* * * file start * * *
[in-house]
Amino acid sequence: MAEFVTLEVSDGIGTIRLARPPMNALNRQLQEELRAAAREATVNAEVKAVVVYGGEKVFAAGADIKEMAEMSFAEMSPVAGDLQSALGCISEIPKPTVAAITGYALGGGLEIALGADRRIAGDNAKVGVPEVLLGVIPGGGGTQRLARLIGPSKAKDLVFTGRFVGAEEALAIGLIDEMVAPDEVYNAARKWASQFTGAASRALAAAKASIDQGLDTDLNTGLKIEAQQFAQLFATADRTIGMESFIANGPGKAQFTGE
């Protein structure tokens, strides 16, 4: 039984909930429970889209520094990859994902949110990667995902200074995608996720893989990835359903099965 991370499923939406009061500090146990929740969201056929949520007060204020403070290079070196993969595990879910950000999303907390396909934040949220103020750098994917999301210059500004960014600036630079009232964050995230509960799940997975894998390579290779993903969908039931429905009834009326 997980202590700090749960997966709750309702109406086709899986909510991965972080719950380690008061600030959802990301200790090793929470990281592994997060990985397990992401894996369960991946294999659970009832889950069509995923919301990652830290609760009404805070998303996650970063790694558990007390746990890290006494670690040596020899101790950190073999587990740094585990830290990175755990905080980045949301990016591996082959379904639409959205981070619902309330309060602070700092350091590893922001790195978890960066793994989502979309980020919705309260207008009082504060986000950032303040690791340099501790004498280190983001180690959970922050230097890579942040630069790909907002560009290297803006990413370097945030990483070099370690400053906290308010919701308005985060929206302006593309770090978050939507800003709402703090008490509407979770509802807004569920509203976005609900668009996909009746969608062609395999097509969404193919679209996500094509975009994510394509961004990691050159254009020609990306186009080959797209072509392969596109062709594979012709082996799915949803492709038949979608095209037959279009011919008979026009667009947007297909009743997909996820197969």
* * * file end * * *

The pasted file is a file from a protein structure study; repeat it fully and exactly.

[in-house]
Amino acid sequence: MAEFVTLEVSDGIGTIRLARPPMNALNRQLQEELRAAAREATVNAEVKAVVVYGGEKVFAAGADIKEMAEMSFAEMSPVAGDLQSALGCISEIPKPTVAAITGYALGGGLEIALGADRRIAGDNAKVGVPEVLLGVIPGGGGTQRLARLIGPSKAKDLVFTGRFVGAEEALAIGLIDEMVAPDEVYNAARKWASQFTGAASRALAAAKASIDQGLDTDLNTGLKIEAQQFAQLFATADRTIGMESFIANGPGKAQFTGE
């Protein structure tokens, strides 16, 4: 039984909930429970889209520094990859994902949110990667995902200074995608996720893989990835359903099965 991370499923939406009061500090146990929740969201056929949520007060204020403070290079070196993969595990879910950000999303907390396909934040949220103020750098994917999301210059500004960014600036630079009232964050995230509960799940997975894998390579290779993903969908039931429905009834009326 997980202590700090749960997966709750309702109406086709899986909510991965972080719950380690008061600030959802990301200790090793929470990281592994997060990985397990992401894996369960991946294999659970009832889950069509995923919301990652830290609760009404805070998303996650970063790694558990007390746990890290006494670690040596020899101790950190073999587990740094585990830290990175755990905080980045949301990016591996082959379904639409959205981070619902309330309060602070700092350091590893922001790195978890960066793994989502979309980020919705309260207008009082504060986000950032303040690791340099501790004498280190983001180690959970922050230097890579942040630069790909907002560009290297803006990413370097945030990483070099370690400053906290308010919701308005985060929206302006593309770090978050939507800003709402703090008490509407979770509802807004569920509203976005609900668009996909009746969608062609395999097509969404193919679209996500094509975009994510394509961004990691050159254009020609990306186009080959797209072509392969596109062709594979012709082996799915949803492709038949979608095209037959279009011919008979026009667009947007297909009743997909996820197969």